As I child I suffered from chronic stomach pains. After enduring a bunch of medical tests in my teen years, I was finally diagnosed with IBS and was told by my Doctor to avoid caffeine, spicy foods, fried foods, chocolate and popcorn. Giving up these foods – I did so for about a month – didn’t help at all and if you read on, you’ll see why.
If you don’t know what IBS is, it stands for “Irritable Bowel Syndrome” and in the medical world basically means “we can’t find anything seriously wrong with you, but your intestines are irritated for some reason – possibly stress and anxiety and too much spicy food – and we have no way to fix it other than to offer meds that may or may not help, but in all likelihood will make your symptoms worse in the long run.” OK, fine maybe that’s not exactly what it means, but you get the point.
All joking aside, IBS is diagnosed when other serious gastrointestinal diseases such as celiac, bowel cancer, chron’s disease and also some gynecological conditions are ruled out.
The most common symptoms of IBS are:
- lower abdominal discomfort/pain
- excessive gas
- altered bowel habits (diarrhea and/or constipation)
Well, as it turns out, the folks at Monash University have been researching this a long time and several years ago came out with a program that really, REALLY helps people with IBS. It’s quite remarkable how much better you can feel while following this simple program – you will notice a change within the first WEEK! Even if you haven’t officially been diagnosed with IBS, if you have the symptoms mentioned above and have ruled out other issues, this program may help and is certainly worth a try.
The program I am referring to is known as the Low-FODMAP diet. FODMAP stands for Fermentable Olig-saccharides, Di-saccharides, Mono-saccharides and Polyols. These sugars can be poorly absorbed in the small intestine and fermented by bacteria to produce gas. Current research strongly suggests that this group of sugars contributes to IBS symptoms.
Even though many FODMAPs are poorly absorbed in ALL people (think of what happens when you eat beans, cauliflower, or brussel sprouts), the reason such strong symptoms only occur in those with IBS may be due to:
- Gut Hypersensitivity – the amount of gas produced may be greater OR the gut is more sensitive to the gas produced
- Bacterial Overgrowth in the Small Intestine – In some individuals, some of the bacteria that are normally located in the large intestine, move up in to the small intestine which creates the symptoms of IBS.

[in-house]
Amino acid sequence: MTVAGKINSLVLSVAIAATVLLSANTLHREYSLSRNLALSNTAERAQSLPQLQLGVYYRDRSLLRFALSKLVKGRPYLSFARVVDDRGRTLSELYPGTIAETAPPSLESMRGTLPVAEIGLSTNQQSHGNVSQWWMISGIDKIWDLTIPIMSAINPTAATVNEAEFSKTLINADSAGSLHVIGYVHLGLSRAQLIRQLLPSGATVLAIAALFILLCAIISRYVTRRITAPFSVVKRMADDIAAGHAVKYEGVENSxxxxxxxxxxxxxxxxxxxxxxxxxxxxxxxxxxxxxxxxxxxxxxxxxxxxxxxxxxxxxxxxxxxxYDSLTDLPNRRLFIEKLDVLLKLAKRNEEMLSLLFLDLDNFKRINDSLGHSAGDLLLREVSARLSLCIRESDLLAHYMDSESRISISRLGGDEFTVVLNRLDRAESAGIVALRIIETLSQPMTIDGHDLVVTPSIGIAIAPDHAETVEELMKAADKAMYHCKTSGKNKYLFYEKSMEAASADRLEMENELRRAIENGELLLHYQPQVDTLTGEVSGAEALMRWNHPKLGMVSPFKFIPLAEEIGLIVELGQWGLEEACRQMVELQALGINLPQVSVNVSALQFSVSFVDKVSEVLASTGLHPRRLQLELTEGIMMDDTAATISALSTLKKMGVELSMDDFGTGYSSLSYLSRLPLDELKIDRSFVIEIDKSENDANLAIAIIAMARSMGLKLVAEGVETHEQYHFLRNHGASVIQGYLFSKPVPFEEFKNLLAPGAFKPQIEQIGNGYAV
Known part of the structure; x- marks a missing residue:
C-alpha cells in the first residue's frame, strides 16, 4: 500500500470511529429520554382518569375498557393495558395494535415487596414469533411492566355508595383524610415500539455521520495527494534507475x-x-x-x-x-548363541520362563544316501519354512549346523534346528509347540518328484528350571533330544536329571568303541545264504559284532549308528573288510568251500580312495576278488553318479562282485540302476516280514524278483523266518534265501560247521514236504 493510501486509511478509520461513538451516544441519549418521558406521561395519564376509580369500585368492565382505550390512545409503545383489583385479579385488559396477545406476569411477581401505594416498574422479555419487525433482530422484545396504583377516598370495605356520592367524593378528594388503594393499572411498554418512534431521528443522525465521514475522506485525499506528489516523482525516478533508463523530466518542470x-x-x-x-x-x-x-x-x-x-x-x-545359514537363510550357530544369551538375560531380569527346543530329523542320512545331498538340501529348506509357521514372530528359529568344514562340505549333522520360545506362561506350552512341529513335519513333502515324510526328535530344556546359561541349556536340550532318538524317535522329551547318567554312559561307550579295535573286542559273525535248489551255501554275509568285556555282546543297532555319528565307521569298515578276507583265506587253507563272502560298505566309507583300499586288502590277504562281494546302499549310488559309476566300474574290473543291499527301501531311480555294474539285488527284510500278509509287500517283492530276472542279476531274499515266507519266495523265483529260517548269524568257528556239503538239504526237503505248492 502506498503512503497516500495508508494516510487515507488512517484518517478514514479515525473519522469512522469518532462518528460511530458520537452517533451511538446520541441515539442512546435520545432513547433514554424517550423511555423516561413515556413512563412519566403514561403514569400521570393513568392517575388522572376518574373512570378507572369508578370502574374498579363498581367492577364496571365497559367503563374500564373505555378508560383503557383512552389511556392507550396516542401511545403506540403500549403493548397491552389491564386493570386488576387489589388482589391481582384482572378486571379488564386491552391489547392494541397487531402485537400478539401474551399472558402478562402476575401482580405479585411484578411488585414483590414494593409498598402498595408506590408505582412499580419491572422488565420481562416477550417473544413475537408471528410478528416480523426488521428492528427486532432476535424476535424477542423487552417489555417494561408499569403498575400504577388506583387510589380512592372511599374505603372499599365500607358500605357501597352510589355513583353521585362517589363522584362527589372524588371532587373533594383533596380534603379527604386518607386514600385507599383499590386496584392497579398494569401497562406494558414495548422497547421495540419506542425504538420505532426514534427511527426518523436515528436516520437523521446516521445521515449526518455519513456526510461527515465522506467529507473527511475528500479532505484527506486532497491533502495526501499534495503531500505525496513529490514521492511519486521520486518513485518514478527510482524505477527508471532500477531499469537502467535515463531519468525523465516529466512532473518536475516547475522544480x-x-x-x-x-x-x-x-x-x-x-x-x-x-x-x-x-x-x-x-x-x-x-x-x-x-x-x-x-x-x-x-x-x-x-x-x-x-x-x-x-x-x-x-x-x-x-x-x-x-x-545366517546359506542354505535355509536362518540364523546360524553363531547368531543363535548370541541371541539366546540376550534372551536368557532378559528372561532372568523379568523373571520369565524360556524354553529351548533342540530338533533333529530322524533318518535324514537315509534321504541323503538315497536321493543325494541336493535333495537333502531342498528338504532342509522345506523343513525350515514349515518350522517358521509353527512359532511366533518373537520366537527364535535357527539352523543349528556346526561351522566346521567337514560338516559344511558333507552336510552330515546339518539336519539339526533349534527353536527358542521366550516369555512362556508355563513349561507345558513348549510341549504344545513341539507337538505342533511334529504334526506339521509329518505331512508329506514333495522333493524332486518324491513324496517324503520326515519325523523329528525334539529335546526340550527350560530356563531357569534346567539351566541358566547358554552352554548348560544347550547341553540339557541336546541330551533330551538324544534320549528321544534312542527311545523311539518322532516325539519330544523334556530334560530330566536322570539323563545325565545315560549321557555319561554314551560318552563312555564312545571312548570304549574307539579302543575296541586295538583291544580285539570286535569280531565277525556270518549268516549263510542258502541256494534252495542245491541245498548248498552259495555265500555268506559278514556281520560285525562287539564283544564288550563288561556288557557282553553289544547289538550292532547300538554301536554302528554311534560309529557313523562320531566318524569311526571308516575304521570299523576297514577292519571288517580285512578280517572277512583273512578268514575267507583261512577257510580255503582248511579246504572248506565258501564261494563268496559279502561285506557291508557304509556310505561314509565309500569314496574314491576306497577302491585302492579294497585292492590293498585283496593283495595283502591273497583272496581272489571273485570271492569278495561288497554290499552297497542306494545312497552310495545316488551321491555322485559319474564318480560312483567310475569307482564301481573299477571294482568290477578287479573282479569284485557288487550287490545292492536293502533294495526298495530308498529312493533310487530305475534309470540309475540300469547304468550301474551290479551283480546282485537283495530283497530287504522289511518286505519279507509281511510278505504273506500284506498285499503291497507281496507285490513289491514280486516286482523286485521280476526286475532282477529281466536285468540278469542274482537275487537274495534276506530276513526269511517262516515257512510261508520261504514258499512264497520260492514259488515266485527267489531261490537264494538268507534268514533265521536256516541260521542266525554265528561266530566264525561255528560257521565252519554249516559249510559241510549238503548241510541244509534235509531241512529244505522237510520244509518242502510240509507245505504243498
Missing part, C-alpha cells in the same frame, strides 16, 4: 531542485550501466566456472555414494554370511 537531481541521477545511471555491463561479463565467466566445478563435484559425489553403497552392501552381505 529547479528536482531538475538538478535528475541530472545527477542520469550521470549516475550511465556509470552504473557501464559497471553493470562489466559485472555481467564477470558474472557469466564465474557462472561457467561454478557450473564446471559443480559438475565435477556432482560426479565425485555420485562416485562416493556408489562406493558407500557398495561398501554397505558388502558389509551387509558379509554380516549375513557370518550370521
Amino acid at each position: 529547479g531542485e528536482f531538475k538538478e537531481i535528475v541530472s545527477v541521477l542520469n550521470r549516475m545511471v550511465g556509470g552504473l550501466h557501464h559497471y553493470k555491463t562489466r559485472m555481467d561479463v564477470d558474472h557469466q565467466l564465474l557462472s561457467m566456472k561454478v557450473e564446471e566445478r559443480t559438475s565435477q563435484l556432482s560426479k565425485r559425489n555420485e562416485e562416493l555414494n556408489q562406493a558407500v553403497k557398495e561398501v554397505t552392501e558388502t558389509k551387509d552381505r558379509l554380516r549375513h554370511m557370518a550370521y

Note that not all individuals diagnosed with IBS react to ALL of the different types of FODMAPs. Some of the FODMAPs ie. fructose, lactose and sorbitol, can be tested using a special breath test that can determine malabsorption but others cannot be tested and should simply be avoided to help relieve symptoms. (Ask me about this test if you suffer from IBS and don’t want to unnecessarily avoid foods from this program).
Here is a general list of foods to avoid if you have IBS:
- Garlic (garlic infused oil can be used instead: simply cut up 1 whole bulb – not clove – of fresh garlic, add to 1 cup organic cold-pressed olive oil and gently heat on the lowest setting until fragrant; remove from heat, let cool and strain the oil into a glass bottle)
- Onions (the green part of the spring onion and chives may be used instead)*
- onion and garlic powders*
- white peaches
- rye (as a major ingredient; small quantities are ok)
- wheat (as a major ingredient; small quantities are ok)
- chicory (often used as a coffee substitute)
- FOS: Fructo-oligo-sacharides, often found in Probiotic supplements
- inulin fiber (made from chicory)
* Note: For many people, onions and onion powder cause the MOST painful symptoms. While this is hard to avoid when eating out, it is very easy to replace with green onions or chives in any recipe calling for onions. There is also an Indian spice called Asafateda powder that may be used and is said to have a strong onion/garlic flavor, but I have not personally tried it.
Other foods should be limited in quantity, such as:
- brussel sprouts
- butternut pumpkin
For details on the quanities of the foods to be limited, as well as other foods that may or may not be a problem in your particular case, you can purchase the official Monash University Low Fodmap diet booklet HERE or by clicking on the picture above. For breath testing, and/or to discuss your particular health challenges and food sensistivies that may also play a role in IBS, Book an Appointment and I will be happy to help you.Read More